Cales was an ancient city of Campania, in today's comune of Calvi Risorta in southern Italy, belonging originally to the Aurunci/Ausoni, on the Via Latina.

Roman Theatre of Cales
LocationCalvi Risorta, Province of Caserta, Italy
Coordinates41°12′0″N 14°7′55.2″E
Site notes
ManagementSoprintendenza per i beni archeologici di Salerno, Avellino e Caserta
Public accessYes
WebsiteSito Archeologico di Cales (in Italian)

The Romans captured it in 335 BC and established a colony with Latin rights of 2,500 citizens. Cales was initially the centre of the Roman dominion in Campania. To the period after 335 belong numerous silver and bronze coins with the inscription Caleno. It was an important base in the war against Hannibal, and at last refused further contributions for the war. Before 184 BC more settlers were sent there. After the Social War it became a municipium. The fertility of its territory and its manufacture of black glazed pottery, which was even exported to Etruria, made it prosperous. At the end of the 3rd century BC it appears as a colony, and in the 5th century (AD) it became an episcopal see, which (jointly with Tano since 1818) it still is, though it is now a mere village. The cathedral, of the 12th century, has a carved portal and three apses decorated with small arches and pilasters, and contains a fine pulpit and episcopal throne in marble mosaic. Near it are two grottos, which have been used for Christian worship and contain frescoes of the 10th and 11th centuries.[1] Inscriptions name six gates of the town: and there are considerable remains of antiquity, especially of an amphitheatre and theatre, of a supposed temple, and other edifices.[2]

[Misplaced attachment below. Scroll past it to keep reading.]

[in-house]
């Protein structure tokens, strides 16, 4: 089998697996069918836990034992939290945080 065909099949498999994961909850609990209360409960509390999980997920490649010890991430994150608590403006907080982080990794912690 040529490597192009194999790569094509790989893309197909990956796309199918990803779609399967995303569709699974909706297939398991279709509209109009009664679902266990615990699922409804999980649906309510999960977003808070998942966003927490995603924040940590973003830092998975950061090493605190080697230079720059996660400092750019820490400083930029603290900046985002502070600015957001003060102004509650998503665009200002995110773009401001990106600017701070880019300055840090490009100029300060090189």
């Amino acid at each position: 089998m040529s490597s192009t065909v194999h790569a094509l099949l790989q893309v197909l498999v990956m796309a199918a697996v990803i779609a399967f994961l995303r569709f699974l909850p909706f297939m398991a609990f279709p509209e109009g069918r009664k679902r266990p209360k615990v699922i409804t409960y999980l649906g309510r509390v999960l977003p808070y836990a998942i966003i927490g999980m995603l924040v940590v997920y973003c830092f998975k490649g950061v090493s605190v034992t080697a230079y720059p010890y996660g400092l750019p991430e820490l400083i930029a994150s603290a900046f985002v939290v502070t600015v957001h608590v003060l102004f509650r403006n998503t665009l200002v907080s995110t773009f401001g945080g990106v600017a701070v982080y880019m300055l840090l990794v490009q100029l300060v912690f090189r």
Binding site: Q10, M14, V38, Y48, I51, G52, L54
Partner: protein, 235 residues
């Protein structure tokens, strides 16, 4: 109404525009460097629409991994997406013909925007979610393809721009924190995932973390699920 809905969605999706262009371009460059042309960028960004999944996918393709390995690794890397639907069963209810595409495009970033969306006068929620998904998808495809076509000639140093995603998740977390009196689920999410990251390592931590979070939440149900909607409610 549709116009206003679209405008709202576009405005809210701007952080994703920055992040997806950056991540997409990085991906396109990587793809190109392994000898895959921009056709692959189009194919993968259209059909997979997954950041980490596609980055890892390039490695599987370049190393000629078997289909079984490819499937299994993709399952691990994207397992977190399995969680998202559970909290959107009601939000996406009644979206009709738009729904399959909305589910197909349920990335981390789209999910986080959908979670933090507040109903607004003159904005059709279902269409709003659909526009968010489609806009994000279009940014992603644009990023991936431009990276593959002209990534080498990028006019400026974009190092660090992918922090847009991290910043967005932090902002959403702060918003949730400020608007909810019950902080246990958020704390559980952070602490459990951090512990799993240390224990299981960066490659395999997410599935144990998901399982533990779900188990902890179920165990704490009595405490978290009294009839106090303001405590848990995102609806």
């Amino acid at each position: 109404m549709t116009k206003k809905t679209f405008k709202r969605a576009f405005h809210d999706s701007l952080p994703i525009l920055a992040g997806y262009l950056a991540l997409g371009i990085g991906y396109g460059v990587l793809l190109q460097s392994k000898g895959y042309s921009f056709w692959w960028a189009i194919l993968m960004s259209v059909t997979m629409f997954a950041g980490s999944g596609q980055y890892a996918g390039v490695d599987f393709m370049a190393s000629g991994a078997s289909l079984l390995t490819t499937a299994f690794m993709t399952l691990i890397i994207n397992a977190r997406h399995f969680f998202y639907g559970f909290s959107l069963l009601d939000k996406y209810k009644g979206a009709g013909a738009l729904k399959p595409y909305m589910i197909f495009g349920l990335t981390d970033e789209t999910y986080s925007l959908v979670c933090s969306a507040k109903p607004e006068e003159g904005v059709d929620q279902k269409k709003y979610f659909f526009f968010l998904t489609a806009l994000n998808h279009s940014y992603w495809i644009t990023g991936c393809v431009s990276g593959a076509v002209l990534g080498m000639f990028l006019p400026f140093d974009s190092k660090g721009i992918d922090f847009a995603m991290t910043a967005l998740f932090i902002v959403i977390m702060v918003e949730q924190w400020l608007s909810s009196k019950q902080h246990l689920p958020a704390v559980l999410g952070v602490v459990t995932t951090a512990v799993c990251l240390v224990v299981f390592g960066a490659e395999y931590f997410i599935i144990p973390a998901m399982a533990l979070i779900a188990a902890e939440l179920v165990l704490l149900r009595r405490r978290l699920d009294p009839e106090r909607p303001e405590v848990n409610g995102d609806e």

A number of tombs belonging to the Roman necropolis were discovered in 1883.[2]

See also


  1. Ashby 1911 cites: E. Bertaux, L'Art dans l'Italie méridionale (Paris, 1904), i. 244, &c.
  2. Ashby 1911.
  •  This article incorporates text from a publication now in the public domain: Ashby, Thomas (1911). "Cales". In Chisholm, Hugh (ed.). Encyclopædia Britannica. 4 (11th ed.). Cambridge University Press.
This article is issued from Wikipedia. The text is licensed under Creative Commons - Attribution - Sharealike. Additional terms may apply for the media files.